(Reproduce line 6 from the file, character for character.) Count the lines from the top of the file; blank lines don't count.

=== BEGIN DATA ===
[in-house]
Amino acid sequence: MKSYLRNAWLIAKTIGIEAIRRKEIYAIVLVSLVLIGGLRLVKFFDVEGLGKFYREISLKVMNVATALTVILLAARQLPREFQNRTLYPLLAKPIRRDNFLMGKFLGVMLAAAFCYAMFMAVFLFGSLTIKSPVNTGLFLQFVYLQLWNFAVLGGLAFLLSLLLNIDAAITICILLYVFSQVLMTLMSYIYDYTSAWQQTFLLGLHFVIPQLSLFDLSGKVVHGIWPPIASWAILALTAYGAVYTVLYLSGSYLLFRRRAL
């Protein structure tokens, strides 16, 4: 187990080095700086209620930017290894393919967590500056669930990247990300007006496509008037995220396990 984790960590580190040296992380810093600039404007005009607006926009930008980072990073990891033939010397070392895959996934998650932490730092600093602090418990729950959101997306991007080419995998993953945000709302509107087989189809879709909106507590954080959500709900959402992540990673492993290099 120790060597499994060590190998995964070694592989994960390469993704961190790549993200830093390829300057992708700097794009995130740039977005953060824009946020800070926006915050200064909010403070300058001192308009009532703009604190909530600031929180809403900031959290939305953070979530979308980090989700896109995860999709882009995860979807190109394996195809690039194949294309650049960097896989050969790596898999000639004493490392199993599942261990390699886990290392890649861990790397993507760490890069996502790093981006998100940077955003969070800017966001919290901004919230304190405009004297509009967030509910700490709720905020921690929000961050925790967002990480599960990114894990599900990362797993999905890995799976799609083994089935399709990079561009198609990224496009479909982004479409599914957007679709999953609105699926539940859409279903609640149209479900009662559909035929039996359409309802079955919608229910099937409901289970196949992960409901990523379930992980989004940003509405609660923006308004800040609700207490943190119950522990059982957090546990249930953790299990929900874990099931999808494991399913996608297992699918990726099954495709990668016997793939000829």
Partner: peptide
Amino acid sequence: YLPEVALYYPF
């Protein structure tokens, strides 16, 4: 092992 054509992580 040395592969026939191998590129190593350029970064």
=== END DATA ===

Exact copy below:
């Protein structure tokens, strides 16, 4: 092992 054509992580 040395592969026939191998590129190593350029970064």